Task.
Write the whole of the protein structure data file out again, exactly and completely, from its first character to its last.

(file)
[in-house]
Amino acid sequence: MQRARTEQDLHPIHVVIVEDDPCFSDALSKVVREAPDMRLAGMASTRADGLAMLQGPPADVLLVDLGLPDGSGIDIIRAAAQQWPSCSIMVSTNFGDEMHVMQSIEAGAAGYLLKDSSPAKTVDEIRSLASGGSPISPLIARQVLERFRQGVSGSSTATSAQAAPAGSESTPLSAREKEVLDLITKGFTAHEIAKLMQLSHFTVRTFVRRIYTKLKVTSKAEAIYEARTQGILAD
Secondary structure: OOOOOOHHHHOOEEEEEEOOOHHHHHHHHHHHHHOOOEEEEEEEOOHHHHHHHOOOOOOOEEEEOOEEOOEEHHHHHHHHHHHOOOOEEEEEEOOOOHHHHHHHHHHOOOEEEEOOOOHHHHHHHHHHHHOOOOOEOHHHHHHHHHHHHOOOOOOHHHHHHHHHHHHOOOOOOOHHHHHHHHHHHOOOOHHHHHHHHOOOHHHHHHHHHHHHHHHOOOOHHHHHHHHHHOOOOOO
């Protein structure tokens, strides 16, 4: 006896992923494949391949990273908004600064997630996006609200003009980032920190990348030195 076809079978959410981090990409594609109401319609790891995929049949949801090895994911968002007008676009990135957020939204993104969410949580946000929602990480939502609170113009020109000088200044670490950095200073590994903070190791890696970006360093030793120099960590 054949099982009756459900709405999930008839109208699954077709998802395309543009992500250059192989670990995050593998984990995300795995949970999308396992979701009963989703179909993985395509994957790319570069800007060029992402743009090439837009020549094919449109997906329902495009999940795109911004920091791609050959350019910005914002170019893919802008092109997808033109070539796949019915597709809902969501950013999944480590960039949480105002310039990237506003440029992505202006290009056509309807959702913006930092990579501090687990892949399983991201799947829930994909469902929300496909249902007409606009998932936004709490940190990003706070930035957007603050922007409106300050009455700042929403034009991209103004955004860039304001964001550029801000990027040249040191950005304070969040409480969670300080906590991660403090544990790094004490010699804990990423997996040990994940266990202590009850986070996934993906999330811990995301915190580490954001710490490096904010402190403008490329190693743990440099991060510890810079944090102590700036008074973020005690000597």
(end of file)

[in-house]
Amino acid sequence: MQRARTEQDLHPIHVVIVEDDPCFSDALSKVVREAPDMRLAGMASTRADGLAMLQGPPADVLLVDLGLPDGSGIDIIRAAAQQWPSCSIMVSTNFGDEMHVMQSIEAGAAGYLLKDSSPAKTVDEIRSLASGGSPISPLIARQVLERFRQGVSGSSTATSAQAAPAGSESTPLSAREKEVLDLITKGFTAHEIAKLMQLSHFTVRTFVRRIYTKLKVTSKAEAIYEARTQGILAD
Secondary structure: OOOOOOHHHHOOEEEEEEOOOHHHHHHHHHHHHHOOOEEEEEEEOOHHHHHHHOOOOOOOEEEEOOEEOOEEHHHHHHHHHHHOOOOEEEEEEOOOOHHHHHHHHHHOOOEEEEOOOOHHHHHHHHHHHHOOOOOEOHHHHHHHHHHHHOOOOOOHHHHHHHHHHHHOOOOOOOHHHHHHHHHHHOOOOHHHHHHHHOOOHHHHHHHHHHHHHHHOOOOHHHHHHHHHHOOOOOO
């Protein structure tokens, strides 16, 4: 006896992923494949391949990273908004600064997630996006609200003009980032920190990348030195 076809079978959410981090990409594609109401319609790891995929049949949801090895994911968002007008676009990135957020939204993104969410949580946000929602990480939502609170113009020109000088200044670490950095200073590994903070190791890696970006360093030793120099960590 054949099982009756459900709405999930008839109208699954077709998802395309543009992500250059192989670990995050593998984990995300795995949970999308396992979701009963989703179909993985395509994957790319570069800007060029992402743009090439837009020549094919449109997906329902495009999940795109911004920091791609050959350019910005914002170019893919802008092109997808033109070539796949019915597709809902969501950013999944480590960039949480105002310039990237506003440029992505202006290009056509309807959702913006930092990579501090687990892949399983991201799947829930994909469902929300496909249902007409606009998932936004709490940190990003706070930035957007603050922007409106300050009455700042929403034009991209103004955004860039304001964001550029801000990027040249040191950005304070969040409480969670300080906590991660403090544990790094004490010699804990990423997996040990994940266990202590009850986070996934993906999330811990995301915190580490954001710490490096904010402190403008490329190693743990440099991060510890810079944090102590700036008074973020005690000597």